WASHINGTON, Feb. 22 (UPI) -- FBI Director James Comey defended his agency's legal demand ordering Apple to break into the cellphone data of one of the San Bernardino, Calif., attackers, stating the move is "about the victims and justice."
The FBI and Apple have been at odds since last week when Apple CEO Tim Cook said the company was going to fight against a court order that would force the tech giant to hack into an iPhone through its iOS 9 operating system. Cook said the FBI's request would force his company to create a "back door" into the cellphone data, a situation he called "chilling" and "dangerous."
In a blog post Sunday, Comey said the FBI's request is "about victims and justice" and not "about trying to set a precedent or send any kind of message."
"Fourteen people were slaughtered and many more had their lives and bodies ruined. We owe them a thorough and professional investigation under law. That's what this is. The American people should expect nothing less from the FBI," Comey writes in the post.
Comey indirectly rejected Cook's statement that the FBI's order would force the creation of a "back door," which Cook said threatened the security of Apple customers.
"We simply want the chance, with a search warrant, to try to guess the terrorist's passcode without the phone essentially self-destructing and without it taking a decade to guess correctly. That's it. We don't want to break anyone's encryption or set a master key loose on the land," Comey wrote.
But Cook previously stated that if Apple were to follow the order and remove security features while adding new capabilities to the operating system, allowing a passcode to be input electronically -- as per the FBI's request -- all iPhones could be at risk.
"In the wrong hands, this software -- which does not exist today -- would have the potential to unlock any iPhone in someone's physical possession," Cook wrote last week. "This would make it easier to unlock an iPhone by 'brute force,' trying thousands or millions of combinations with the speed of a modern computer."
Comey urged people to "stop saying the world is ending" and instead engage in a discussion about the case.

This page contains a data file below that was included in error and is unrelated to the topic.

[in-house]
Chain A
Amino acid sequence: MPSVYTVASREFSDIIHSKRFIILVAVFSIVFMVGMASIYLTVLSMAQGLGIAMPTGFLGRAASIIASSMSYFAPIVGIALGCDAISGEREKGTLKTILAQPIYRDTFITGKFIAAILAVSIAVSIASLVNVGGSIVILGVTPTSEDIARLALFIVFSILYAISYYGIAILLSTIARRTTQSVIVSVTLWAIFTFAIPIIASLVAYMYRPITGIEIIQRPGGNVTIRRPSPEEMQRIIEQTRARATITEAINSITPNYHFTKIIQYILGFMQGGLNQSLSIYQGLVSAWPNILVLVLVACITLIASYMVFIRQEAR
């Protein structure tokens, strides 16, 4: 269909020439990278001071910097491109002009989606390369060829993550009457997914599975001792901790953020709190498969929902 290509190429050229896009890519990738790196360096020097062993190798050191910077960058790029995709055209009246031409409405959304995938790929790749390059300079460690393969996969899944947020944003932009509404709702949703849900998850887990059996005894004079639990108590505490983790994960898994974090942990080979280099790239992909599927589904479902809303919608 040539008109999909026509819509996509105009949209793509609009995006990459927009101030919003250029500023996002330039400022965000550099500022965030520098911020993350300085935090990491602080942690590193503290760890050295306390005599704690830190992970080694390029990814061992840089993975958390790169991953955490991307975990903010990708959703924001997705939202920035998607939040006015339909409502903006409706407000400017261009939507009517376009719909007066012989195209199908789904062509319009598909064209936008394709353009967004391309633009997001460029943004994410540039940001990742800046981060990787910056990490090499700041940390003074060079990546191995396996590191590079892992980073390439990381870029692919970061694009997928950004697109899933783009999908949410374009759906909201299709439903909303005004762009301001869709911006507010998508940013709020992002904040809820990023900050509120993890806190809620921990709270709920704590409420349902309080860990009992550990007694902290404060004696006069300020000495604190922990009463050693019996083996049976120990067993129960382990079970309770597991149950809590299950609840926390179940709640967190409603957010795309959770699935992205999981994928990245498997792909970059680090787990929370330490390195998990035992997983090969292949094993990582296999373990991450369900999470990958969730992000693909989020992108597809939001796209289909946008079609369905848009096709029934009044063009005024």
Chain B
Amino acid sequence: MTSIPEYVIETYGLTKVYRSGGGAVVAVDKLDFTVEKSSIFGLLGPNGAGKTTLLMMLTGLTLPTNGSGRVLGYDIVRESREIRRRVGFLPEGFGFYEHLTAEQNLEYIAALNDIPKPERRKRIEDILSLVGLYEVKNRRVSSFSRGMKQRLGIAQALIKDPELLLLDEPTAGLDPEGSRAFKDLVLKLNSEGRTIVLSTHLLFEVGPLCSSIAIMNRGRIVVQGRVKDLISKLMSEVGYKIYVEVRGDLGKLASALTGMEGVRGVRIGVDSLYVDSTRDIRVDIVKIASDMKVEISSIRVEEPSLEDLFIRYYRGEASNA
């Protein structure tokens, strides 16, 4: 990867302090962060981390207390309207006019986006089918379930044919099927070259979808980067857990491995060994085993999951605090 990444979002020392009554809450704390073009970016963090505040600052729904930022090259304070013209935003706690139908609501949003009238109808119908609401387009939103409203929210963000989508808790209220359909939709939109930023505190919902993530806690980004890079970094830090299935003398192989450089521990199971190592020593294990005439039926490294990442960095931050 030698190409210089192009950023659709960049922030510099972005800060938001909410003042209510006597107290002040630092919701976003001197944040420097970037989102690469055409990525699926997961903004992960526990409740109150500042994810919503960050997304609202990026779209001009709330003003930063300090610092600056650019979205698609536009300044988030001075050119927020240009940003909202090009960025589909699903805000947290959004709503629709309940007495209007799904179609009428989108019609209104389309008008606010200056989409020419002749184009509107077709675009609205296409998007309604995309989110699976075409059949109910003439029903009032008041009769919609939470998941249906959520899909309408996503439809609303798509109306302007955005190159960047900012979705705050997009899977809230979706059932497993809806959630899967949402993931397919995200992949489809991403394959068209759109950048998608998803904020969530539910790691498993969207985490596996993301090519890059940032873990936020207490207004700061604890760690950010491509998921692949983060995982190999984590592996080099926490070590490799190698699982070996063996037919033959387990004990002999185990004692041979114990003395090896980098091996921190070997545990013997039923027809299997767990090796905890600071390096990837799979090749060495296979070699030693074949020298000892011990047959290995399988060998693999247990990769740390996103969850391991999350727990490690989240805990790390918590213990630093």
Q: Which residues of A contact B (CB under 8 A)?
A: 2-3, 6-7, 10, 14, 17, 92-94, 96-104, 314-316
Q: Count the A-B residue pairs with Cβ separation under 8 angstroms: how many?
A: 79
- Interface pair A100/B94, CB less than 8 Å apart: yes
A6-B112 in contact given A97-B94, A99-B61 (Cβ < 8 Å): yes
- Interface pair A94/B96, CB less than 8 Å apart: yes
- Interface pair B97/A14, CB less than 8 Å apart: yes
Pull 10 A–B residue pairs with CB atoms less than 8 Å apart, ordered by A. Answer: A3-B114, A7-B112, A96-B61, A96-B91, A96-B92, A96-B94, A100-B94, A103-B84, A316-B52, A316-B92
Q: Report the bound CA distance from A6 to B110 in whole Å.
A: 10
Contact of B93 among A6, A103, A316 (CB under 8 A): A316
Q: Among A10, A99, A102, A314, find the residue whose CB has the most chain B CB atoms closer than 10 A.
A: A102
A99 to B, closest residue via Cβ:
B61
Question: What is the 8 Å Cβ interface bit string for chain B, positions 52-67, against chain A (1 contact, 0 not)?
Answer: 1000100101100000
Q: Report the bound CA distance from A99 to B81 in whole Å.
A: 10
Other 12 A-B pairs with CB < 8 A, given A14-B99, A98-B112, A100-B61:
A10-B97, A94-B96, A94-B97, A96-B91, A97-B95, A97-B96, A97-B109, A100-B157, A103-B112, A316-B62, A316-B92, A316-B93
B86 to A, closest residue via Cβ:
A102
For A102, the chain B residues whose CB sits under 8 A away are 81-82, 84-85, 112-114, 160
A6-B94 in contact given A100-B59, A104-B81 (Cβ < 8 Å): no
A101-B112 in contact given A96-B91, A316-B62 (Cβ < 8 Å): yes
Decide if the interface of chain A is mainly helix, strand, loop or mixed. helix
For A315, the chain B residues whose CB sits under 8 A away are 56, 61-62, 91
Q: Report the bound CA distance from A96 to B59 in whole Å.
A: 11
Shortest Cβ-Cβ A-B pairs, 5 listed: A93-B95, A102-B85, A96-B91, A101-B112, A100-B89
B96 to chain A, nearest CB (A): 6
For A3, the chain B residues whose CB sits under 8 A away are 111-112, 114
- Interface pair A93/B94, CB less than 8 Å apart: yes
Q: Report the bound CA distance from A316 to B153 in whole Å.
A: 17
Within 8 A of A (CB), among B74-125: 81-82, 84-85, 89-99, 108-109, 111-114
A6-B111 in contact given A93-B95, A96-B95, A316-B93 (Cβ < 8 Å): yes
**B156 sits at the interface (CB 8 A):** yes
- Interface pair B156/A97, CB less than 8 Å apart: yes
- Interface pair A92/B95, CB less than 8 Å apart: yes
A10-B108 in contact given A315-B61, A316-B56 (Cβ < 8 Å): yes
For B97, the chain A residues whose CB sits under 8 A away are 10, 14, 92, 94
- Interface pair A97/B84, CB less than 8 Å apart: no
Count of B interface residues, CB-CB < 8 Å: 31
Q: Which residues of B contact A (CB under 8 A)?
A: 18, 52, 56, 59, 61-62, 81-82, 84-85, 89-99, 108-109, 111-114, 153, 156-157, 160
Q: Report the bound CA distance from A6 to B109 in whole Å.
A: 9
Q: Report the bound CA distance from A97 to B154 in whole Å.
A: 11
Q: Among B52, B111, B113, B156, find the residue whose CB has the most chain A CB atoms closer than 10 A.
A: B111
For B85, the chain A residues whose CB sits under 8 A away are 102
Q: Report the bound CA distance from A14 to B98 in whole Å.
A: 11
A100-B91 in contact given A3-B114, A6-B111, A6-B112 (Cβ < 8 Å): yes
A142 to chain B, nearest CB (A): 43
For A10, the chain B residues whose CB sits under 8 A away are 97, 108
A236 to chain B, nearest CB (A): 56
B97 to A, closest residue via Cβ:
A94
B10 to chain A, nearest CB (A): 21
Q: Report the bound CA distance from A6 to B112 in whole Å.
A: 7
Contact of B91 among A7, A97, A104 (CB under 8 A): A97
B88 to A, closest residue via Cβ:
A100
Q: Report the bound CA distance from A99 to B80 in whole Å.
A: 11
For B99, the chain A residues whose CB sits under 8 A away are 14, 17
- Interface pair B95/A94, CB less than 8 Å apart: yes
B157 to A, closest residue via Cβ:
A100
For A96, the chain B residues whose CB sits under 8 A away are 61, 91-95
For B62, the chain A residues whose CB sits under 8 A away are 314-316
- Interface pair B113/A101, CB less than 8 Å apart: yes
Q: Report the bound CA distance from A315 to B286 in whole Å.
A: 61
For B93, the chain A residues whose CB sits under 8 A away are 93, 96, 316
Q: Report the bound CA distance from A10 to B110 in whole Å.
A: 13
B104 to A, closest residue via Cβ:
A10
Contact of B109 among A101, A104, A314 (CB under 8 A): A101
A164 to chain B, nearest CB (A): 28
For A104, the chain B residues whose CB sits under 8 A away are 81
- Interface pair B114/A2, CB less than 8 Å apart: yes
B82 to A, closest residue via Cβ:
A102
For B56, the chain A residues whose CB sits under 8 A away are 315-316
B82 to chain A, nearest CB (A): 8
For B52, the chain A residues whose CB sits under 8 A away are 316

"I hope thoughtful people will take the time to understand that. Maybe the phone holds the clue to finding more terrorists. Maybe it doesn't. But we can't look the survivors in the eye, or ourselves in the mirror, if we don't follow this lead," Comey added. "So I hope folks will remember what terrorists did to innocent Americans at a San Bernardino office gathering and why the FBI simply must do all we can under the law to investigate that."
Cook on Monday sent an email to employees in which he detailed Apple's refusal to comply with the FBI's request as an argument based on civil liberties.
"This case is about much more than a single phone or a single investigation, so when we received the government's order we knew we had to speak out. At stake is the data security of hundreds of millions of law-abiding people, and setting a dangerous precedent that threatens everyone's civil liberties," Cook wrote in the email. "We feel the best way forward would be for the government to withdraw its demands ... and, as some in Congress have proposed, form a commission or other panel of experts on intelligence, technology and civil liberties to discuss the implications for law enforcement, national security, privacy and personal freedoms."
The FBI on Saturday said essential information could have been lost when a password of the San Bernardino shooter's phone reset earlier in the investigation.